Predicting future river health in a minimally influenced mountainous area under climate change

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Journal Article
Science of the Total Environment, 2019, 656 pp. 1373 - 1385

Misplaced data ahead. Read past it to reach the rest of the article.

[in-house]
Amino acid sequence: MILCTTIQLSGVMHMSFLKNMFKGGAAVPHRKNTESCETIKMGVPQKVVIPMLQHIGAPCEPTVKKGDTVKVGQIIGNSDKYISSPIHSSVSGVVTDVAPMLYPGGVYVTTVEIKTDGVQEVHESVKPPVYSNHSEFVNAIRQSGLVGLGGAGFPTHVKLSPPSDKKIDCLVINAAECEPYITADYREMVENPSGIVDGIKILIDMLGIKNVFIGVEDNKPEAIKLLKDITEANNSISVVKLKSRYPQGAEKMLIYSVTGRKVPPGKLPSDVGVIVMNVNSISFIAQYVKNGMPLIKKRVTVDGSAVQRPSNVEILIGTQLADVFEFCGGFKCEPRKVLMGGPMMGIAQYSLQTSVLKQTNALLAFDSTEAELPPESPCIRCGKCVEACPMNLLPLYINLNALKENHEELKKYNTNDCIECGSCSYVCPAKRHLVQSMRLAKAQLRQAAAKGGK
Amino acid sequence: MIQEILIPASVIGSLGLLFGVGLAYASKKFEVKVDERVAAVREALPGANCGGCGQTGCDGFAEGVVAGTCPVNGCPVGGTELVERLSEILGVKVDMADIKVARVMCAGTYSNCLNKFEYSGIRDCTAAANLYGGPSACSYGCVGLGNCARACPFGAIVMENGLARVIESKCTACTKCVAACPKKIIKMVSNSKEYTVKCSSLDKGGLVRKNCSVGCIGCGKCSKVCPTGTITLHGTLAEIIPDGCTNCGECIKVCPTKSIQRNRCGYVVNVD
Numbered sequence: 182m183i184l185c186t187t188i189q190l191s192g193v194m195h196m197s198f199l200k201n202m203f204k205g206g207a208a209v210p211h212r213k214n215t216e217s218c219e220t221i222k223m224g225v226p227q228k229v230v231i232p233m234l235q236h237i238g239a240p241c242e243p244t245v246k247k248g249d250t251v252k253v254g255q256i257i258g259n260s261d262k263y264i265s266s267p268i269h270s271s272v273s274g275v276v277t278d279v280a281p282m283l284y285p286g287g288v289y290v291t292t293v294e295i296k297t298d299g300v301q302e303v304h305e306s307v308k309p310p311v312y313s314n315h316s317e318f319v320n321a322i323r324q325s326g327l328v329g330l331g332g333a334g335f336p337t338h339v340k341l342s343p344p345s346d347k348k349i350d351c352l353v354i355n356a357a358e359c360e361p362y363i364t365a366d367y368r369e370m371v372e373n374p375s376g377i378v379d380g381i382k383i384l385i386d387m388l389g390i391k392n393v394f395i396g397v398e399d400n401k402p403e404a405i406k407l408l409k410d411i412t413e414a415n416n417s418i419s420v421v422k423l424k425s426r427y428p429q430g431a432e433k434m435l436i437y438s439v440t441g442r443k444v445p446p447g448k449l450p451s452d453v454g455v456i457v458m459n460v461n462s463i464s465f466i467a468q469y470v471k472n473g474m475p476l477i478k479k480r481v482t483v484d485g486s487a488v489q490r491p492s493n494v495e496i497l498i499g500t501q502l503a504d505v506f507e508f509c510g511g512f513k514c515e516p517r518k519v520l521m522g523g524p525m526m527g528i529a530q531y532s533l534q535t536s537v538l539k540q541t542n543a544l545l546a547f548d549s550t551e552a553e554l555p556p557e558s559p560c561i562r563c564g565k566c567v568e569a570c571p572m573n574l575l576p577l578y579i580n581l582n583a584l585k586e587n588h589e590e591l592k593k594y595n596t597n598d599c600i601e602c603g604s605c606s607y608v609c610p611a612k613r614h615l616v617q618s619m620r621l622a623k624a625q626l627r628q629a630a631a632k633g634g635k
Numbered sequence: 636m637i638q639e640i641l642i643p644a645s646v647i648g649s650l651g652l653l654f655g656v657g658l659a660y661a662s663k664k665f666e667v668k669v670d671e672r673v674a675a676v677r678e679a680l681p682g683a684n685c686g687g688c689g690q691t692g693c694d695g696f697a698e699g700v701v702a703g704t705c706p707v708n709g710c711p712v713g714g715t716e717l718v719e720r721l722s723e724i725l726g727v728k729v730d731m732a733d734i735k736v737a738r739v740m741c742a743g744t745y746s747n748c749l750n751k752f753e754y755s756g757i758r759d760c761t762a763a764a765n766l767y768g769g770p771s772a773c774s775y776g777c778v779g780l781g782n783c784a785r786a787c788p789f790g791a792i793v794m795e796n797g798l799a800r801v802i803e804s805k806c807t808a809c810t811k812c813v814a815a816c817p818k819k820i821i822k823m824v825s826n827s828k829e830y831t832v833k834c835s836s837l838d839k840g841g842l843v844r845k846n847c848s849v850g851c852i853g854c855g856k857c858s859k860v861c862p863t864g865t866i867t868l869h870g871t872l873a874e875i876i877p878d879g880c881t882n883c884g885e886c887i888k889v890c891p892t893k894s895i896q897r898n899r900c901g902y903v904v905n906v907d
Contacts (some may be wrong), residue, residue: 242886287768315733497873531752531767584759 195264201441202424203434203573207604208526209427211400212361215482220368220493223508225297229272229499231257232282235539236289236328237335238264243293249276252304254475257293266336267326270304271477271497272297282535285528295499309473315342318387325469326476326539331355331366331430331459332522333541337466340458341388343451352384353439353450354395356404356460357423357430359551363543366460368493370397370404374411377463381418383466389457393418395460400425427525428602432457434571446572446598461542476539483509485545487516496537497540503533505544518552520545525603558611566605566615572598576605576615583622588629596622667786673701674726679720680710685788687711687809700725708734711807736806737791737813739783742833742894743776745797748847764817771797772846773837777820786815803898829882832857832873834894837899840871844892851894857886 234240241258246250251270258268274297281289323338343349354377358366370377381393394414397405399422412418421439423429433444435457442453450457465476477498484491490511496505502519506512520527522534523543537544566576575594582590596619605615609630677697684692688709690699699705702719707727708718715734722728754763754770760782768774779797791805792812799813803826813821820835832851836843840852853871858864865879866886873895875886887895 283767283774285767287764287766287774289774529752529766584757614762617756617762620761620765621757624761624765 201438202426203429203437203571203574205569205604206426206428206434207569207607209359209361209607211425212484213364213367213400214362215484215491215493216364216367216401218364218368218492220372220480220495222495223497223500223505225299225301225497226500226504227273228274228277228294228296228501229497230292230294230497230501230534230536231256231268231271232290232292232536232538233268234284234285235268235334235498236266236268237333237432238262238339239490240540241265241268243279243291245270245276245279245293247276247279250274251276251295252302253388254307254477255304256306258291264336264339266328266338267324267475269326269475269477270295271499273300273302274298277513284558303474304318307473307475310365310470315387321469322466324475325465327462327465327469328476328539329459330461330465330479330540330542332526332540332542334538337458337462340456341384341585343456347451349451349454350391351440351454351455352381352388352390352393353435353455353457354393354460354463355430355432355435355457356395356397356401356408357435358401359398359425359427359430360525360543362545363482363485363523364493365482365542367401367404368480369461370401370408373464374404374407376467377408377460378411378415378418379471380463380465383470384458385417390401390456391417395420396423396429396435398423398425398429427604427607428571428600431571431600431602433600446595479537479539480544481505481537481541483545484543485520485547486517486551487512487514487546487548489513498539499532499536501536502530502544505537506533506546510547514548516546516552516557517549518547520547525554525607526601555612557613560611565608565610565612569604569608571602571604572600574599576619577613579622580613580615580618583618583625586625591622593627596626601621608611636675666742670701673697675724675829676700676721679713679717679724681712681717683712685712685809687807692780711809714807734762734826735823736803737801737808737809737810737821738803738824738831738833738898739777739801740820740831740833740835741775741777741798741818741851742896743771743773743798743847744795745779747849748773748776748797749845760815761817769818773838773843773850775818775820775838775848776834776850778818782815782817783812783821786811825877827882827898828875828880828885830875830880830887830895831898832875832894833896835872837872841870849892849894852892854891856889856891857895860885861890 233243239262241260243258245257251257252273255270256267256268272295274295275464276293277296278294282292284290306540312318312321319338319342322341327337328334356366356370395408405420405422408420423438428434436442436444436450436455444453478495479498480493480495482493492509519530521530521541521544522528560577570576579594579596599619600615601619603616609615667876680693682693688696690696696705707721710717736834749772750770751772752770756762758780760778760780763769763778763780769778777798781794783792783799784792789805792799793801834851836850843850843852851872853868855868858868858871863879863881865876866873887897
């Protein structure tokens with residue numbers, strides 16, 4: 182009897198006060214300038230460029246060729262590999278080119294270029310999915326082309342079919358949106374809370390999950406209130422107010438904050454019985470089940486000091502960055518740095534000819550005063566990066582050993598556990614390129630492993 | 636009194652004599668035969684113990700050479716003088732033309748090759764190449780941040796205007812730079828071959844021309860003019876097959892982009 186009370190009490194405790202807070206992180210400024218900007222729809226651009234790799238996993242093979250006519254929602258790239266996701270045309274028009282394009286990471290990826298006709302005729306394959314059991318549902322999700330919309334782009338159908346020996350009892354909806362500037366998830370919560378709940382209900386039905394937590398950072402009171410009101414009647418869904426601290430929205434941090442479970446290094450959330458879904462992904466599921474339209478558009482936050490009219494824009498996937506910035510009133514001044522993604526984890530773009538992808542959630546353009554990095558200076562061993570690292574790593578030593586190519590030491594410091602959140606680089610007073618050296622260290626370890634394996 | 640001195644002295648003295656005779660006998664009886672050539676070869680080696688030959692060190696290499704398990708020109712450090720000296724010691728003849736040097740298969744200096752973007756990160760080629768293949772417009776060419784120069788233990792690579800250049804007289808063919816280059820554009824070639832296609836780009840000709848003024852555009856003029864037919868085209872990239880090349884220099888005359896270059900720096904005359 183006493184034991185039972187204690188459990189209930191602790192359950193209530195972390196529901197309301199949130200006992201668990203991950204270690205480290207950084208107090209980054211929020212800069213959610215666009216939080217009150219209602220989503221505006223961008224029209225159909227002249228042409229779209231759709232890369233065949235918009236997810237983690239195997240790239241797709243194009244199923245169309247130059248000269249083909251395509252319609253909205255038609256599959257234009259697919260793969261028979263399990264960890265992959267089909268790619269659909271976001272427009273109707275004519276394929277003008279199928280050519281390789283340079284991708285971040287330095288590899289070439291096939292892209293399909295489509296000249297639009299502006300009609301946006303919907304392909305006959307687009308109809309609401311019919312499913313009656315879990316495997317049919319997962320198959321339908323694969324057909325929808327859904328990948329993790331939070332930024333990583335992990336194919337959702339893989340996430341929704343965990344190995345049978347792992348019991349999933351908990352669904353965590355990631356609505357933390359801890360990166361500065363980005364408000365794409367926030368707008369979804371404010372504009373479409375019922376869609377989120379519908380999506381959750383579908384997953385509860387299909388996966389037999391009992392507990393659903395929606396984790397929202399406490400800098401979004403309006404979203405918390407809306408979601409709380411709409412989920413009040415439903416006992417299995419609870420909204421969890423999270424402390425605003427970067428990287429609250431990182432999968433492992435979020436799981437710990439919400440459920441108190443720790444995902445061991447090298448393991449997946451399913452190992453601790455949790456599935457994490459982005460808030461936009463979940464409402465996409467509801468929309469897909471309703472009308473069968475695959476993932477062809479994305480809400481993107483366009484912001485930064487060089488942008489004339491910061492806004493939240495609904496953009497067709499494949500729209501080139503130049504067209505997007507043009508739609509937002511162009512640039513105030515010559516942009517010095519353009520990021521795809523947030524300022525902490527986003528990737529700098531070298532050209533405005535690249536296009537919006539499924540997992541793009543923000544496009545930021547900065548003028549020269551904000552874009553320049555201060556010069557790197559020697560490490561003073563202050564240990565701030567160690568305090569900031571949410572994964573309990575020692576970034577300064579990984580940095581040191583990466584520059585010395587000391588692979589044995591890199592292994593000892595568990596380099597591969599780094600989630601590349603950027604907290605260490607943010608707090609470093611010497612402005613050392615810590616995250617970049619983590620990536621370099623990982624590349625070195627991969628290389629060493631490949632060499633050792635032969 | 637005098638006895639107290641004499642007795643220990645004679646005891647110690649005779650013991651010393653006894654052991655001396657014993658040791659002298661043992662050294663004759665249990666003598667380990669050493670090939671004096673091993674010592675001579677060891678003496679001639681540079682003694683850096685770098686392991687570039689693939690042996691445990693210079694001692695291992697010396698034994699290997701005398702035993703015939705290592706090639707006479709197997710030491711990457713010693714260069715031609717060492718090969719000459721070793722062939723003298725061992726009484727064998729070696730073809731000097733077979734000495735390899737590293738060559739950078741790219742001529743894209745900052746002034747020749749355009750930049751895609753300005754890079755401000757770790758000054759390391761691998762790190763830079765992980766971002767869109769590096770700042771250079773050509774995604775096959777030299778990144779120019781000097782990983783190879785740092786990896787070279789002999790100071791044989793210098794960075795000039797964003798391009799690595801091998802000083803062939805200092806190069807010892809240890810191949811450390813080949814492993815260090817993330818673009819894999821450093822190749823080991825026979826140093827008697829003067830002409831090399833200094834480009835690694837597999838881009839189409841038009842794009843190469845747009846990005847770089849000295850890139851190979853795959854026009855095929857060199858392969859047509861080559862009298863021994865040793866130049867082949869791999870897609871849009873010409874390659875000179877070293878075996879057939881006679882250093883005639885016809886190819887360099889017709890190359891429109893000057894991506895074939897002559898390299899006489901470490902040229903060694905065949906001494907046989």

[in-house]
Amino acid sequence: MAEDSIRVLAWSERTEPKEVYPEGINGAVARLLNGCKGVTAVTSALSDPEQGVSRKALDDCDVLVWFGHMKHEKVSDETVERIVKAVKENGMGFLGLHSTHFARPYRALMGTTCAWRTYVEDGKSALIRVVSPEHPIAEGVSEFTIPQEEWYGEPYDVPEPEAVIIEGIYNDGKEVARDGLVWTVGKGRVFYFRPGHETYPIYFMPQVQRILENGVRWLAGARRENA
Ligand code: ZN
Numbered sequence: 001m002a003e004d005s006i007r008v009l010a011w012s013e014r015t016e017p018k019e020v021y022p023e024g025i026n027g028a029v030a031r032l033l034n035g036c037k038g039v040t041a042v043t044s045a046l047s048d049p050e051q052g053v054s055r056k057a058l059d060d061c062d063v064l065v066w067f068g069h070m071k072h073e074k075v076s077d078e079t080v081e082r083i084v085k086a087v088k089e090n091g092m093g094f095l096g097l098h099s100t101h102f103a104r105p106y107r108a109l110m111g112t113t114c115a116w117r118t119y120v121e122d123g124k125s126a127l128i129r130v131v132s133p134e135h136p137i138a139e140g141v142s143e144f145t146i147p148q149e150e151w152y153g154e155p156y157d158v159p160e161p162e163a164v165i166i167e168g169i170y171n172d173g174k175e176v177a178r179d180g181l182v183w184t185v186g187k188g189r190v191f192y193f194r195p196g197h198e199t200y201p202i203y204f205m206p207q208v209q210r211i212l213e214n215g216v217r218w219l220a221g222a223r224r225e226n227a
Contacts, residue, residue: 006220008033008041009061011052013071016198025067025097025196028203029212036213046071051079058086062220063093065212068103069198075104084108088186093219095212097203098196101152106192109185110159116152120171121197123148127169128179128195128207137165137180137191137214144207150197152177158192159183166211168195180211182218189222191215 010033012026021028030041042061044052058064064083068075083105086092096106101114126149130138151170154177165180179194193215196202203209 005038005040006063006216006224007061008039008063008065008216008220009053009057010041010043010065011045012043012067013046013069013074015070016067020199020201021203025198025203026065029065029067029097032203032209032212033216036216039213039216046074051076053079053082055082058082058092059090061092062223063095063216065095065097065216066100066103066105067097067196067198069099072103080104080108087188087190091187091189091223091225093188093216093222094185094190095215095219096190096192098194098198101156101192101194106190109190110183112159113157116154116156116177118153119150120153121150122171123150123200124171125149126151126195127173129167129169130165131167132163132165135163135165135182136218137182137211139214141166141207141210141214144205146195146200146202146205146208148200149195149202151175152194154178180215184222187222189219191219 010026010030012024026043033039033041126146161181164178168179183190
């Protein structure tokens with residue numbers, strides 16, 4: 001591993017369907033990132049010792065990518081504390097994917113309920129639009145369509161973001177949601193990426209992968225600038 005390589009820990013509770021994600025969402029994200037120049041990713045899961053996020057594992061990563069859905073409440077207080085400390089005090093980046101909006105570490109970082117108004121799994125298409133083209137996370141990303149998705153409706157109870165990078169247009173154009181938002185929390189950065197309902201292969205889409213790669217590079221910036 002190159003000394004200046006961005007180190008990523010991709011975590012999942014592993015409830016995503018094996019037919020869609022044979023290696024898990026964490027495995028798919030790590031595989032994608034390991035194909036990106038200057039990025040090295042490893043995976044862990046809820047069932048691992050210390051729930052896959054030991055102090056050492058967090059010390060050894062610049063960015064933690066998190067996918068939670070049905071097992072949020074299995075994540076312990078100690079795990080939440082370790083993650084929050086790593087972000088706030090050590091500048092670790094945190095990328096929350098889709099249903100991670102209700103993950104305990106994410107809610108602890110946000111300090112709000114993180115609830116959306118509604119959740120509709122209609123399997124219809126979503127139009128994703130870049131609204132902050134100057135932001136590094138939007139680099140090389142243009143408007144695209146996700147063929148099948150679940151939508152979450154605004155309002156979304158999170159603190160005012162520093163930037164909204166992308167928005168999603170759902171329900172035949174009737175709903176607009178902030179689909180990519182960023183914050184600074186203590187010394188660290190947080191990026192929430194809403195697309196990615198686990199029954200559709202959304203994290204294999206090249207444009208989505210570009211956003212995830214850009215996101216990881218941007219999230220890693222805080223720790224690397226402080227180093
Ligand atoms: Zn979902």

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© 2018 It has been shown that climate change impacts the overall health of a river's ecosystem. Although predicting river health under climate change would be useful for stakeholders to adapt to the change and better conserve river health, little research on this topic exists. This paper presents a methodology predicting river health under different climate change scenarios. First, a multi-source, distributed, time-variant gain hydrological model (MS-DTVGM) was used to predict the runoff from a mountainous river in eastern China using the data from three existing IPCC5 climate change models (RCP2.6, RCP4.5, and RCP8.4). Next, a model was developed to predict the river's water quality under these scenarios. Finally, a multidimensional response model utilizing hydrology, water quality, and biology was used to predict the river's biological status and ascertain the impact of climate change on its overall health. The river is in a mountainous area near Jinan City, one of China's first “pilot” cities recognized as a “healthy water ecological community.” Our results predict that the overall health of the Yufu River, which is minimally influenced by human activities, will improve by 2030 due to the increased river flow due to an increase in rainfall frequency and subsequent peak runoff. However, the total nitrogen concentration is predicted to increase, which is a potential eutrophication risk. Therefore, effective control of nitrogen pollutants entering the river will be necessary. The increase in flow velocity (the annual average increase is ~0.5 m/s) is favorable for fish reproduction. Our methods and results will provide scientific guidance for policy makers and river managers and will help people to better understand how global climate change impacts river health.
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